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The Hospital of the University of Pennsylvania has reached a momentous milestone in completing its 1,000th lung transplant.

Credit: Zach Sheldon

The Hospital of the University of Pennsylvania has helped 1,000 people breathe again.

As of late August, Penn Medicine’s Lung Transplant Program completed its 1,000th lung transplant — a feat shared by only four other lung transplant programs in the country. The Penn Lung Transplant Program, which was established in 1991, is part of the Penn Transplant Institute, the largest multi-organ transplant center in the Philadelphia region.

“We’re excited to have reached such a momentous milestone for the Penn Lung Transplant Program,” said James Lee, medical director of the Penn Lung Transplantation Program, in a press release. “This milestone celebrates the positive impact we’ve had on the lives of our patients, and the difference we have made for those who have received lung transplants at Penn Medicine.”

Penn Medicine has a history of breaking barriers in the field. The first successful isolated lung transplant in the Delaware Valley was performed at HUP on New Year’s Day in 1992 by Larry Kaiser, who at the time was one of the few surgeons worldwide trained in the procedure.

Since its formation, the Lung Transplant Program has performed more adult lung transplants than any other program in the Philadelphia area. The program has performed an average of 50 transplants per year in the last 15 years and is on track to complete 80 by the end of 2016.

The Program attributes its success to its multidisciplinary approach to patient care, which allows it to treat patients in a more swift, efficient manner. The evaluation process is the coordinated effort of Penn Medicine’s Lung Transplant Team, which consists of physicians, nurses, counselors and surgeons, among others.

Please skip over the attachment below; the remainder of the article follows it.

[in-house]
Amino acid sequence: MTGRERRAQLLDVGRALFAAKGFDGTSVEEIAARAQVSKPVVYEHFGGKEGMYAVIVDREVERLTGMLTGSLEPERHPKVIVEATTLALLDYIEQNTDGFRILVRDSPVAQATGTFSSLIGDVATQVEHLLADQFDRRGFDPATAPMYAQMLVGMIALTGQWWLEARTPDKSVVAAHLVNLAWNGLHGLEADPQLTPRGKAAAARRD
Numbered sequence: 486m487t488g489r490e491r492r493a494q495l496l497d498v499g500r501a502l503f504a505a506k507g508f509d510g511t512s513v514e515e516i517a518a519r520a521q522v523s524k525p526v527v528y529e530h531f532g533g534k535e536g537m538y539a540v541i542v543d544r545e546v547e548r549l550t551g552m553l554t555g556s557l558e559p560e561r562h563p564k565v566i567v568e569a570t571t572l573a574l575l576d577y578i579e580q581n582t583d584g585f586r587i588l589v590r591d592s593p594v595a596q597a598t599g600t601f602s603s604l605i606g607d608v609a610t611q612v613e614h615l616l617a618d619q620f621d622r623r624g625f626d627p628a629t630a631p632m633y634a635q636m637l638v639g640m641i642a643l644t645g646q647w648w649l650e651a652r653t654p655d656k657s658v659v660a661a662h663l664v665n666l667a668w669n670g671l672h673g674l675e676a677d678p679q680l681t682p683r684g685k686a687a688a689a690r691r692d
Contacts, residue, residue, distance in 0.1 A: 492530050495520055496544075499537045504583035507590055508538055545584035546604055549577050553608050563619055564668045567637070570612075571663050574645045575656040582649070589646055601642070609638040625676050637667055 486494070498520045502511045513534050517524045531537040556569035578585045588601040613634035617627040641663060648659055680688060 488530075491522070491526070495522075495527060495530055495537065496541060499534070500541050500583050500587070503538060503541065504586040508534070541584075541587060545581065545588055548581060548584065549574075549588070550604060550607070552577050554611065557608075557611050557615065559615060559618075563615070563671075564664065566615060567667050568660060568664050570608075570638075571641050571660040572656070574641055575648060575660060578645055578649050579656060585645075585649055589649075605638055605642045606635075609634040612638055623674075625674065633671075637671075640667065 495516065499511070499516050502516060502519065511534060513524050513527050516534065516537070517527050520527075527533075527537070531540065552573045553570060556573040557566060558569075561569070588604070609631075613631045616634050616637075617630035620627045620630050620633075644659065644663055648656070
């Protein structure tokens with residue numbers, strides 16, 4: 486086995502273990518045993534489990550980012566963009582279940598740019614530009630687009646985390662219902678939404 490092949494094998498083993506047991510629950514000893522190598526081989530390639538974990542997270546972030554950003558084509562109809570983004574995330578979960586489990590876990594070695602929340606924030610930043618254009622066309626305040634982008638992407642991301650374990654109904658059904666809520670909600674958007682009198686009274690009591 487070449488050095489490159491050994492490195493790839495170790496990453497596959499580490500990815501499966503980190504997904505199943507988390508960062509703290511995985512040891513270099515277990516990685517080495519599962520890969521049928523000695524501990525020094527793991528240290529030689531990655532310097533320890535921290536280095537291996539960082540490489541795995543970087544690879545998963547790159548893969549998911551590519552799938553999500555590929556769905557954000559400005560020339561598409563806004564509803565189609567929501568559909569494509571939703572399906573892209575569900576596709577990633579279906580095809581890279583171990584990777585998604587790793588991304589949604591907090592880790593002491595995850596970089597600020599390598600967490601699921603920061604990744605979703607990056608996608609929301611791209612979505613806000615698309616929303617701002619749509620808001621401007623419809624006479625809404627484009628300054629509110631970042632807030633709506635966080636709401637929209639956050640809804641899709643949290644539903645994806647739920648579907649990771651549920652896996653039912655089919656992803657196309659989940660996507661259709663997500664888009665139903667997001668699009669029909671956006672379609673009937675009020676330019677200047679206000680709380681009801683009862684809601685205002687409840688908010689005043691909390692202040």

The team works with patients and their families to determine eligibility for transplantation, works with Gift of Life Donor Program — the regional organ procurement organization and the largest organ procurement organization in the country — to match patients and donors, and follows patients closely after post-operative care to ensure that the transplanted organ is working properly and that patients are recovering strongly.

“With the expertise our team has gained over the years, we are committed to offering all available treatment options, and alternatives, that allow patients to receive a lung transplant swiftly,” said Christian Bermudez, the surgical director of Lung Transplantation and Extracorporeal Membrane Oxygenation in a press release. “Following this tremendous milestone, it is my hope and the goal of the program that our multidisciplinary team continues to further our expertise, advance the field of transplantation and give our patients the opportunity to really get their lives back.”

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